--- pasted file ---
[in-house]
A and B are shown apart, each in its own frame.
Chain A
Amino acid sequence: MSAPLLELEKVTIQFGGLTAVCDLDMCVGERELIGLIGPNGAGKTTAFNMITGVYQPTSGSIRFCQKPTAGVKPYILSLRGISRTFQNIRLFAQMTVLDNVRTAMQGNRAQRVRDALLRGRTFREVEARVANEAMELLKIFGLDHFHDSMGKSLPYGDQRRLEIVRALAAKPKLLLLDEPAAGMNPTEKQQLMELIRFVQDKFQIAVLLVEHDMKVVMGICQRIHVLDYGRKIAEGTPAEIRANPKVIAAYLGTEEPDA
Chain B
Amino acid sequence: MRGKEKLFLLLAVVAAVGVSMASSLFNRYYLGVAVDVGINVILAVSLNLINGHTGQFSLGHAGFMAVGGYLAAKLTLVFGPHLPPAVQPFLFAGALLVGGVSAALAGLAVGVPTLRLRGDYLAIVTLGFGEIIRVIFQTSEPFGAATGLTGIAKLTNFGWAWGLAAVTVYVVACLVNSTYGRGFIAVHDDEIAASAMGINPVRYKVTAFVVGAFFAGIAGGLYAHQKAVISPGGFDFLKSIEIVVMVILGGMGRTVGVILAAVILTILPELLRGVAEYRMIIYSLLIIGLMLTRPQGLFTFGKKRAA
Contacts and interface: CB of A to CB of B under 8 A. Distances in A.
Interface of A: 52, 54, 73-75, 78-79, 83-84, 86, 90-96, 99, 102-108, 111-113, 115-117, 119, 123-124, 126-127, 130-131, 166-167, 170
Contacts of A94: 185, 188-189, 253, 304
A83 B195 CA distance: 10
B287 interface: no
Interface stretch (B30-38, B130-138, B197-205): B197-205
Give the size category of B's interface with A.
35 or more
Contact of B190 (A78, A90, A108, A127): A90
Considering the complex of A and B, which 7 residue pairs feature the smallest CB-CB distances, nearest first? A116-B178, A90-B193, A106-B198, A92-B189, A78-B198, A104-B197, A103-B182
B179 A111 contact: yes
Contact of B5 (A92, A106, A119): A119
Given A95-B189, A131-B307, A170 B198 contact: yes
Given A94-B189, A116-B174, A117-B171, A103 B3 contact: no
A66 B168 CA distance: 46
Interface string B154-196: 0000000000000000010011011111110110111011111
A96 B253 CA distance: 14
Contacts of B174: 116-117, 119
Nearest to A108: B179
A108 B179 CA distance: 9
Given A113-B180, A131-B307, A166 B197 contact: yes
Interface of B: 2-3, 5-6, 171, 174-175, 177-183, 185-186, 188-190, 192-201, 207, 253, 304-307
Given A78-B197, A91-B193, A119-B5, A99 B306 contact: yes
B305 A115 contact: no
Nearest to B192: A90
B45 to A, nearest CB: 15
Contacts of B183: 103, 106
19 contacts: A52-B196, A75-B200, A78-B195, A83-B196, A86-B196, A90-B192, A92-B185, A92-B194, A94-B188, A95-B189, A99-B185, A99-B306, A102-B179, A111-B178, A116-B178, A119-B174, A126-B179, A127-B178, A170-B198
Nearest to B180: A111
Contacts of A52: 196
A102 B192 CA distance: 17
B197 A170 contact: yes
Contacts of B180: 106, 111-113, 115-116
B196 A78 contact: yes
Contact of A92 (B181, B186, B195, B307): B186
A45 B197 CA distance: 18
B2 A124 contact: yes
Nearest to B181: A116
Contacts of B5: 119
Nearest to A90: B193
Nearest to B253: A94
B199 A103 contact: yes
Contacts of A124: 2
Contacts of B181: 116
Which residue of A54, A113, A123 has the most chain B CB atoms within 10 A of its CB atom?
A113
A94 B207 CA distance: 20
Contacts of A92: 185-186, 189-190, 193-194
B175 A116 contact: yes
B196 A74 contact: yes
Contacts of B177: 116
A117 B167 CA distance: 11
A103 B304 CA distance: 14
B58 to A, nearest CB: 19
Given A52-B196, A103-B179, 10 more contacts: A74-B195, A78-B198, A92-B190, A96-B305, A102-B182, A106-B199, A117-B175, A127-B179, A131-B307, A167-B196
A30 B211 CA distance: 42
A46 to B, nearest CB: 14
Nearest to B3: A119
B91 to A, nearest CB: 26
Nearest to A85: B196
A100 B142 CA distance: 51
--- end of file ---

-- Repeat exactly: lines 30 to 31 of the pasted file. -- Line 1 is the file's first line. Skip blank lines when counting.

B305 A115 contact: no
Nearest to B192: A90